A Death Penalty Moratorium?
Not so fast: the Supreme Court is sending mixed messages
By Nick McMaster,  Newser Staff
Posted Oct 19, 2007 9:19 PM CDT
Amidst growing criticism from both elected officials and the public, the Supreme Court seems to be developing a stance that the death penalty requires closer examination.   (Shutterstock.com)
camera-icon View 3 more images

(Newser) – Is there a stay on all US executions? The Supreme Court has recently granted 2 and refused to nix a third, as more inmates challenge lethal injection. “The states are getting the message,” says one expert, while another mentions “moratorium mojo” on his blog. But critics warn that it's not so simple: The Supreme Court's messages are mixed, and it won't rule on lethal injection's constitutionality per se in 2008.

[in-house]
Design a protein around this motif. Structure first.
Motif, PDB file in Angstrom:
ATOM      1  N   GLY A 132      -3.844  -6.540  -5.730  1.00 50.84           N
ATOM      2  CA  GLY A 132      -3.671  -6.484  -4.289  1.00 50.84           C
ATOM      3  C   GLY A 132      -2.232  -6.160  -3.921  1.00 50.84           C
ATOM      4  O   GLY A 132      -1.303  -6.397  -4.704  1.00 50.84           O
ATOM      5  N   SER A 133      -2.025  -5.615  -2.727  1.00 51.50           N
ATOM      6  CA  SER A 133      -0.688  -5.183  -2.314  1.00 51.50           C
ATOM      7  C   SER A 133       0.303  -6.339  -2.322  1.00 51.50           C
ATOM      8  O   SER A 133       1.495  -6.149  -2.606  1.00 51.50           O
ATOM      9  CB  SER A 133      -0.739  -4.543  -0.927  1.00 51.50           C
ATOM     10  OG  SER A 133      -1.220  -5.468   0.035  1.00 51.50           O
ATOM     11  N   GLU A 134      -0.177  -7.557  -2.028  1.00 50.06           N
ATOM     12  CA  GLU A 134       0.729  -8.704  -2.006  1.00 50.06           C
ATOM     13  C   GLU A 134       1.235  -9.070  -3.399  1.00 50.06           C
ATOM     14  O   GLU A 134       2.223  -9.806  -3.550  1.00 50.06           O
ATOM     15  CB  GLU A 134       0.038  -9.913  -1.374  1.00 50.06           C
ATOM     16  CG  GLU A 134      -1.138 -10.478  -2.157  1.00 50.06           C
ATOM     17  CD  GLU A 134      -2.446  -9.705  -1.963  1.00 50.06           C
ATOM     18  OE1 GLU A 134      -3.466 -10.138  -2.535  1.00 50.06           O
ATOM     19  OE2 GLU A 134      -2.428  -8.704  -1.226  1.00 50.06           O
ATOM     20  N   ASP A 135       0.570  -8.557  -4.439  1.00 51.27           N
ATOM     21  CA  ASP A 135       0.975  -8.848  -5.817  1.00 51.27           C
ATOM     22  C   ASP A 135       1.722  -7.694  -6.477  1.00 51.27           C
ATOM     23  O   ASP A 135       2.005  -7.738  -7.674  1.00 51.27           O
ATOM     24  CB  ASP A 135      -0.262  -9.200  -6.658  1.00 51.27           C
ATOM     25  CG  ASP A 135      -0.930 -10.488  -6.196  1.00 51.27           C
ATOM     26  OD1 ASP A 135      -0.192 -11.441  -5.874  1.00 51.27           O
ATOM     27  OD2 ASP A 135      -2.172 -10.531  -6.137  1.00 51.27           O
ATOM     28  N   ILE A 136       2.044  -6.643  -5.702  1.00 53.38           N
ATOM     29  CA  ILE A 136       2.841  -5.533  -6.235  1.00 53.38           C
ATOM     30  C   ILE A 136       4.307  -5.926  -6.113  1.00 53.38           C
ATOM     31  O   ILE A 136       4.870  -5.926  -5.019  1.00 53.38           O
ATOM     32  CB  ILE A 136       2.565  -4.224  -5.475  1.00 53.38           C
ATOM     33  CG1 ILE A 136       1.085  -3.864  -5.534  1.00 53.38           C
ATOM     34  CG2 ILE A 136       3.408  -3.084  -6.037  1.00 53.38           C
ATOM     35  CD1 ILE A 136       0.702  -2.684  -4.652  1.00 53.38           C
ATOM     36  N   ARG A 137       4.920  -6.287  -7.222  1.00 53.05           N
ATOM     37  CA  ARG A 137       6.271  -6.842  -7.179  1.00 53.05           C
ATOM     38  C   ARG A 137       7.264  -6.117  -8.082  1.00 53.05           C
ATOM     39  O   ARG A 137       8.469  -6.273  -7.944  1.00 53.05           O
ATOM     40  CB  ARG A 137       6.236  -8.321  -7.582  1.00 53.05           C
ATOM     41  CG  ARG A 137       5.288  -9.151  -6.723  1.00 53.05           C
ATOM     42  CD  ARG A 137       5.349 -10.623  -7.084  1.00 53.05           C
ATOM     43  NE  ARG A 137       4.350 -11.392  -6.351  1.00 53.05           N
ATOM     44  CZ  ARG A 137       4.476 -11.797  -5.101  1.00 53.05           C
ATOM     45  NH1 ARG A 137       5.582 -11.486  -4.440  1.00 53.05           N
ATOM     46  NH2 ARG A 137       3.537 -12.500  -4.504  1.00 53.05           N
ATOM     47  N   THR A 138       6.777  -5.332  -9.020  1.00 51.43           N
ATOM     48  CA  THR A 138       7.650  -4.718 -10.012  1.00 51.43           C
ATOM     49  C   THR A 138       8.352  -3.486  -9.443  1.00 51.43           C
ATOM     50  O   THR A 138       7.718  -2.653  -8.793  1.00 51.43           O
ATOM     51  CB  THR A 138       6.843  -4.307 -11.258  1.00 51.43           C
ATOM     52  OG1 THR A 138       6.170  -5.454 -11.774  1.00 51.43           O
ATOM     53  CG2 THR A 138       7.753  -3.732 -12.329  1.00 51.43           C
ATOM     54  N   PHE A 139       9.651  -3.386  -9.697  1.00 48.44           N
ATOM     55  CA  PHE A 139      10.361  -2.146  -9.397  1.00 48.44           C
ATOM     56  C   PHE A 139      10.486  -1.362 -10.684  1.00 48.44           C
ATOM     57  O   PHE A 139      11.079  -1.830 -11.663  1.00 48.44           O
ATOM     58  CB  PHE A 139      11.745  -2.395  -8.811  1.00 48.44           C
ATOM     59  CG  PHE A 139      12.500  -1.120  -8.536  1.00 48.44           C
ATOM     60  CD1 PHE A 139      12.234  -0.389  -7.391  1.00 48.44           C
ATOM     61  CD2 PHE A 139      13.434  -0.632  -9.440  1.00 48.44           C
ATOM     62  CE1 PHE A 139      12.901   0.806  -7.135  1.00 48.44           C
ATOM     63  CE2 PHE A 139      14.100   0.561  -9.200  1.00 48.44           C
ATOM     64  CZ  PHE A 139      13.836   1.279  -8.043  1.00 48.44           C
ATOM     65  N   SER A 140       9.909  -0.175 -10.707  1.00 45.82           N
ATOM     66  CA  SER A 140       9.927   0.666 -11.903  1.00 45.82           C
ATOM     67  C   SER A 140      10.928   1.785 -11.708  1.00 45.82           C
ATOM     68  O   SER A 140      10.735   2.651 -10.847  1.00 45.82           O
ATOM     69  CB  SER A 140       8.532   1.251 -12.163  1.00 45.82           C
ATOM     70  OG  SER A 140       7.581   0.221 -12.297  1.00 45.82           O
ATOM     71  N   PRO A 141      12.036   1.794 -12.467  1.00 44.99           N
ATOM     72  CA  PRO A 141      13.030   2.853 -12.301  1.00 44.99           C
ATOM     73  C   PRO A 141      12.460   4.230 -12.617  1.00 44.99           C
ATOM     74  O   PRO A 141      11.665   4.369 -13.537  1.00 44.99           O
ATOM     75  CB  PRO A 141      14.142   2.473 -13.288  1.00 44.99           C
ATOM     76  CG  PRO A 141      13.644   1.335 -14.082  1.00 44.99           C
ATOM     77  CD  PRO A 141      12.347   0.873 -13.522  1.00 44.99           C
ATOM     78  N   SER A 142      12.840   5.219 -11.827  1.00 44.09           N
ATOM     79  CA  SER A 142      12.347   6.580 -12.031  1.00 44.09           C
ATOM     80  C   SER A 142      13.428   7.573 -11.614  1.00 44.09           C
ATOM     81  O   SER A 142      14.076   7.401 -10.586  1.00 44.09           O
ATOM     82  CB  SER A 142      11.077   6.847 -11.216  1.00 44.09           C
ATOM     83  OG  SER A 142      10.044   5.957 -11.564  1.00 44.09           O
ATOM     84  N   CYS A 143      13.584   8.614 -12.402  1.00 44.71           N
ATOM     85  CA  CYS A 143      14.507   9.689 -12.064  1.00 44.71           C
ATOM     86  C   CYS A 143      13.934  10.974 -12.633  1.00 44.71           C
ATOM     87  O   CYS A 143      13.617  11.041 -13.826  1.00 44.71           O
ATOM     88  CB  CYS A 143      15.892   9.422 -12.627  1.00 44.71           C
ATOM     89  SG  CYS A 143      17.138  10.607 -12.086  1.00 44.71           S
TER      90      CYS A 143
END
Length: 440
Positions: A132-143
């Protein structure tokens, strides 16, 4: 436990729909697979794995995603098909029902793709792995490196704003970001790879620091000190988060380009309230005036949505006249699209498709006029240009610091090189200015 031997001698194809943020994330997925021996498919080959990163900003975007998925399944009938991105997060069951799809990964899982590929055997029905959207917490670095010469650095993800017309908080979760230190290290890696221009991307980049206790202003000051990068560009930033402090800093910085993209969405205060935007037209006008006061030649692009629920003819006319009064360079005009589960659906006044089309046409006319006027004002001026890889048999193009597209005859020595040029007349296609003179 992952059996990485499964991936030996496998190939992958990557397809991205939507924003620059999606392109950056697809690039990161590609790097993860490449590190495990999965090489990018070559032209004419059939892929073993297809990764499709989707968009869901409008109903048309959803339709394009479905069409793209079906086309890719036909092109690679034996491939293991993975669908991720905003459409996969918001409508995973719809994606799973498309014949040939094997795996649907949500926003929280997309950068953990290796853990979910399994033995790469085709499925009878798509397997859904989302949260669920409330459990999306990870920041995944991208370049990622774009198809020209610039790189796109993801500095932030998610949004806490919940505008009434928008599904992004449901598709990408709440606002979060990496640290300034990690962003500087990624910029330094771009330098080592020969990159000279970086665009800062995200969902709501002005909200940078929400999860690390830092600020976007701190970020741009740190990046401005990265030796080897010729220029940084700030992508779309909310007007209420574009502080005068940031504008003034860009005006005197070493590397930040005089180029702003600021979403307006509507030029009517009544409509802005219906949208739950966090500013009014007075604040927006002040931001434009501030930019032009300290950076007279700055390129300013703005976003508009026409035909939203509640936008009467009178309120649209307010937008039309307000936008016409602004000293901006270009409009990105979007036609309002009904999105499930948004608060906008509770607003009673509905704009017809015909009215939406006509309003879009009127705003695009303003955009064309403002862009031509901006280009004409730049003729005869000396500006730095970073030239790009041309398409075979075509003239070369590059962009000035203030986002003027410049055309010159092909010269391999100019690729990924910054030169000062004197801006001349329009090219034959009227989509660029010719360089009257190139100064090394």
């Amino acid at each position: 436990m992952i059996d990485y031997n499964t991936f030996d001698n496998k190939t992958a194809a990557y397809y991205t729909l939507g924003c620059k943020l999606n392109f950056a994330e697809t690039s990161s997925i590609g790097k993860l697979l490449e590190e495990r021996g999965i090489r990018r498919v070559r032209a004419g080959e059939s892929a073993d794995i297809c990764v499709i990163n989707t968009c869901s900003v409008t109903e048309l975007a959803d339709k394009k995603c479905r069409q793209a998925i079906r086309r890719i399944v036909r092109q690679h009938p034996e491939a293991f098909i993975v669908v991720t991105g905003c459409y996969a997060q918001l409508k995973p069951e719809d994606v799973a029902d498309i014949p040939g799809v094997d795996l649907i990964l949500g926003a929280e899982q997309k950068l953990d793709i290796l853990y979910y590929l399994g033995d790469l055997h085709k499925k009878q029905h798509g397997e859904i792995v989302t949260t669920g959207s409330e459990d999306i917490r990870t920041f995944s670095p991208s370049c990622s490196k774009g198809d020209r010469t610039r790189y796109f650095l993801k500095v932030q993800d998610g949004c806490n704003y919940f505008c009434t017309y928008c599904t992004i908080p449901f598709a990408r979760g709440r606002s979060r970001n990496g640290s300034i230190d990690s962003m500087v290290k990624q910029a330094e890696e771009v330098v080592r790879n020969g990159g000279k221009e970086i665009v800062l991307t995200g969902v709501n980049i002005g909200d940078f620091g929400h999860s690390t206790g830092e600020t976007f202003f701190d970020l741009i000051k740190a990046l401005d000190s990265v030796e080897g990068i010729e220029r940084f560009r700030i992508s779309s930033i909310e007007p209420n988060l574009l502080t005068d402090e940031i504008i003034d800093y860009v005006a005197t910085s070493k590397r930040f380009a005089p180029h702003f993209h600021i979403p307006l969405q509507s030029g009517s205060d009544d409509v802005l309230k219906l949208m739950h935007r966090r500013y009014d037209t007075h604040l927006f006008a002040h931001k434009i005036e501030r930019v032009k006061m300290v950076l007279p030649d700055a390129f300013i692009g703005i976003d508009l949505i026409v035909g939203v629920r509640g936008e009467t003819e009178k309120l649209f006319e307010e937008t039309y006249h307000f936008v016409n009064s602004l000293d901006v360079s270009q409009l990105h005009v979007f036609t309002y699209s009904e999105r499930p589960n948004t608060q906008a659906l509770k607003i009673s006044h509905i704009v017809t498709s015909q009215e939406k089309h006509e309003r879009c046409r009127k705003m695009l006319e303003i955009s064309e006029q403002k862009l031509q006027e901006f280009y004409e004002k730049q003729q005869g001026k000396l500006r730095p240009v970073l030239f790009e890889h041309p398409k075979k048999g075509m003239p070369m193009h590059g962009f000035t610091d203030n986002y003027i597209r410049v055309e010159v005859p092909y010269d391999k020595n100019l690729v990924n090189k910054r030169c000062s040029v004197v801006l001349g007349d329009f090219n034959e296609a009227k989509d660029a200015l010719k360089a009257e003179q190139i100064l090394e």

The court may just set a standard required for fighting lethal injection, the New York Times reports. What's more, justices aren't demanding that states stay executions until next year's ruling. Says a Berkeley prof, “It would be inaccurate and very presumptuous to call this a moratorium. What we’re seeing is a combination of different courts, and different executives, deciding to be prudent” until next year.